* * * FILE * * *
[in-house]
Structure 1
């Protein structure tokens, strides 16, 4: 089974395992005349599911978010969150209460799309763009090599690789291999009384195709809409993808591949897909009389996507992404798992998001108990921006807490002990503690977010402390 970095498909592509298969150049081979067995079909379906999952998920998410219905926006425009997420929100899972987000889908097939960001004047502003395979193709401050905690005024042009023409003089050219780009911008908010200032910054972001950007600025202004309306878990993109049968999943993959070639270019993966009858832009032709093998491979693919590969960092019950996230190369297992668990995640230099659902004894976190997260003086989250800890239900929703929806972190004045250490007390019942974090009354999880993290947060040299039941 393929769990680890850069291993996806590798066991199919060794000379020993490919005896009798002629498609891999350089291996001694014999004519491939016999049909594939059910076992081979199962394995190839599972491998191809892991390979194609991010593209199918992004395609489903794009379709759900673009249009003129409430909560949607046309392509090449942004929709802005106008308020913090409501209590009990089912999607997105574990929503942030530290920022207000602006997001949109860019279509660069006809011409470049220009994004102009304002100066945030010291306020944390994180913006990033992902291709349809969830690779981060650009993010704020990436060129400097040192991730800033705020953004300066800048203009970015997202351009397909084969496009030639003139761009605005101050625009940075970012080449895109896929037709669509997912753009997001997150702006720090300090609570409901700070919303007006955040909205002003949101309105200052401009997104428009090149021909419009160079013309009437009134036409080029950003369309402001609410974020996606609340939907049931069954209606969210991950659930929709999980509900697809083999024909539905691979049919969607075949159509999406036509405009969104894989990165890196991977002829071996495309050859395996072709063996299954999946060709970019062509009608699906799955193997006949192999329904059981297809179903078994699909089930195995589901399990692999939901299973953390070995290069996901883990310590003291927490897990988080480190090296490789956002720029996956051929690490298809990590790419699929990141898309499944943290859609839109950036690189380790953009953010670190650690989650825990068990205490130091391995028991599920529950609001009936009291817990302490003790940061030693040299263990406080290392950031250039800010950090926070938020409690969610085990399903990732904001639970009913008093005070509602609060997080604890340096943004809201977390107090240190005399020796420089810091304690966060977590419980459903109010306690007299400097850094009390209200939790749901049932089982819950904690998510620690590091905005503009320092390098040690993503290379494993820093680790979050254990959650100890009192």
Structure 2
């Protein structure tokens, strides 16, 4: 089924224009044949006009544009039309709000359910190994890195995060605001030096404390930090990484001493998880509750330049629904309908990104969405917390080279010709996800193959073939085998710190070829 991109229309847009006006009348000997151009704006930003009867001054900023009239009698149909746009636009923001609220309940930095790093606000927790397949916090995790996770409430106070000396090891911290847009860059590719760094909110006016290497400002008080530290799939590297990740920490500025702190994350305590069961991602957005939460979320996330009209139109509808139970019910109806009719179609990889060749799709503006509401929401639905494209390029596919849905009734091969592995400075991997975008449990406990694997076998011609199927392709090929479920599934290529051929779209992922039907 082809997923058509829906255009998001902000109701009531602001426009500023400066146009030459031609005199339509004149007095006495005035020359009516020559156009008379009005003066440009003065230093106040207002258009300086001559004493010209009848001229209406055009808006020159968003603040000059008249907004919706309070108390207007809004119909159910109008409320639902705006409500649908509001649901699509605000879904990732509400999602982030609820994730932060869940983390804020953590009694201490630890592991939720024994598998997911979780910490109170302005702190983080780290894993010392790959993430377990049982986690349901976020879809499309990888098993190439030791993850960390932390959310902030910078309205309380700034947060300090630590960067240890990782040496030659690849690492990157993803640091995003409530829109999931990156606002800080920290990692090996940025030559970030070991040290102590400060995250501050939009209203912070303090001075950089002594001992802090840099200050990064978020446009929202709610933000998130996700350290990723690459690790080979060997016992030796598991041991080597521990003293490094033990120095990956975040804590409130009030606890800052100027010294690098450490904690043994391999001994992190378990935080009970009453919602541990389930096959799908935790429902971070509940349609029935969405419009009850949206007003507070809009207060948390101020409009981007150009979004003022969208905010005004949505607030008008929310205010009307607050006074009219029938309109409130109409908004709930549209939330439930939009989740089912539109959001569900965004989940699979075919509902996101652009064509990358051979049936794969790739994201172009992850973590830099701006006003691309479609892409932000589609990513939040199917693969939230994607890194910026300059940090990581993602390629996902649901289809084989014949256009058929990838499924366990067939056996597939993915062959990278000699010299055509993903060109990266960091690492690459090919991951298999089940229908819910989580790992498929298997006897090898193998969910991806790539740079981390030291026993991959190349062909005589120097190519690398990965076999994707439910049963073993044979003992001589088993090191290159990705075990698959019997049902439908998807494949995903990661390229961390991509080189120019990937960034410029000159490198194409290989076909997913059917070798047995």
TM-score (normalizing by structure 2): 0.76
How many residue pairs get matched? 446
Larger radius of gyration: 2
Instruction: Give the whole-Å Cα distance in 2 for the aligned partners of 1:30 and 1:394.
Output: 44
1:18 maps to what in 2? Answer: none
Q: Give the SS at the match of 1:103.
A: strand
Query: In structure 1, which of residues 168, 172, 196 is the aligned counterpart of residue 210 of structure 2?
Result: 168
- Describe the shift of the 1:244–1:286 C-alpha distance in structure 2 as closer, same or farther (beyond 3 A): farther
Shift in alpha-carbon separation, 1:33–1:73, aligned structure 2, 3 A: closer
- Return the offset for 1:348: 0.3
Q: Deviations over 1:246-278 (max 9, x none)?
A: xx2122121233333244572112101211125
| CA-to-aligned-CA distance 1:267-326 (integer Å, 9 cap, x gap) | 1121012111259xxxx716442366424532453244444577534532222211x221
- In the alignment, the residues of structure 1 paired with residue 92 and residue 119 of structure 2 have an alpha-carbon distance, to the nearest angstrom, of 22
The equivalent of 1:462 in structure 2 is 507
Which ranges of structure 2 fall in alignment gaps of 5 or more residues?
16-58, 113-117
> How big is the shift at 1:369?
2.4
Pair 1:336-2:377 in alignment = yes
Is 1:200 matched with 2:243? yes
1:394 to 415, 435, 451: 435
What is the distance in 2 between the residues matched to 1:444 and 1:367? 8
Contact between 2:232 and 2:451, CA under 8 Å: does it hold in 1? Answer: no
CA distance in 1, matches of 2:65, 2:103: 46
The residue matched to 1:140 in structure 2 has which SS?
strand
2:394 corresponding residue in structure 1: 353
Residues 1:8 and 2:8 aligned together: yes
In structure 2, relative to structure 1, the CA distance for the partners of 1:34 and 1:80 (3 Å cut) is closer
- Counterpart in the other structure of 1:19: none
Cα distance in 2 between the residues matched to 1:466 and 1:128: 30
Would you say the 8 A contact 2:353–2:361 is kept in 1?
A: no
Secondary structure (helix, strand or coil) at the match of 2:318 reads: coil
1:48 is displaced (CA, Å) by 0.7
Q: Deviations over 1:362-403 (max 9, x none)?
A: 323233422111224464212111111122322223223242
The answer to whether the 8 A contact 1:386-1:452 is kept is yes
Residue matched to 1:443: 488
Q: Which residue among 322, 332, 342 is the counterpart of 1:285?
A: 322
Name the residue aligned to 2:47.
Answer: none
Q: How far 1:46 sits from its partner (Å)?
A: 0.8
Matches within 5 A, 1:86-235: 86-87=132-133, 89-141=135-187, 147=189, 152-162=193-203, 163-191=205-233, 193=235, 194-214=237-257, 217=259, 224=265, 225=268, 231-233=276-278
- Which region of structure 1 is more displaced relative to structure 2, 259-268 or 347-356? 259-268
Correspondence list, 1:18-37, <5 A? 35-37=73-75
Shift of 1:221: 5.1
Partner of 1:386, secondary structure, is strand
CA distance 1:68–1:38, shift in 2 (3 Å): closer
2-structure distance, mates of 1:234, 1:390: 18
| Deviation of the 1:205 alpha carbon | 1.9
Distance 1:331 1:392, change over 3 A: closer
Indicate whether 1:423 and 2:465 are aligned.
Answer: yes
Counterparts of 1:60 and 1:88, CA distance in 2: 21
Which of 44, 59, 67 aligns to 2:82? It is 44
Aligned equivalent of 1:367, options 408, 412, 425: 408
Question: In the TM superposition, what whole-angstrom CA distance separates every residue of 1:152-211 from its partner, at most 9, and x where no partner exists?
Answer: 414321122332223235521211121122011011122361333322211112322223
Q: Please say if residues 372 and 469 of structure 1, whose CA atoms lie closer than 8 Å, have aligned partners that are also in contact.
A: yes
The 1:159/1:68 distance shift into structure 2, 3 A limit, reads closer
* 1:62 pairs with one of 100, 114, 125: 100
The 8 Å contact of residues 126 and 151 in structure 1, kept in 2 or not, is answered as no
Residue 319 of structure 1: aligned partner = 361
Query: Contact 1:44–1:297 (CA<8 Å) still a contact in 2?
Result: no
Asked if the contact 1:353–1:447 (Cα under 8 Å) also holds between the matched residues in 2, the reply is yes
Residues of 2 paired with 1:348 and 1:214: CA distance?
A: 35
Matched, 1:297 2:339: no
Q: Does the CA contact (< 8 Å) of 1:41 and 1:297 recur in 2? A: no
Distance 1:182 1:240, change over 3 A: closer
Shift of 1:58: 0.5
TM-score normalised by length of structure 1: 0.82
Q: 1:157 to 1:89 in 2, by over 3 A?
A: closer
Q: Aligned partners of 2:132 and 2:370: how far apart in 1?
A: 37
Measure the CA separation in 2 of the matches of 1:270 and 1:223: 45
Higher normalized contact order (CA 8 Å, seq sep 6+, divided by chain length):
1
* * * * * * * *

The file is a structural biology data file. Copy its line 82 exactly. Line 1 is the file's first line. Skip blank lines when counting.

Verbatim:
Matched, 1:297 2:339: no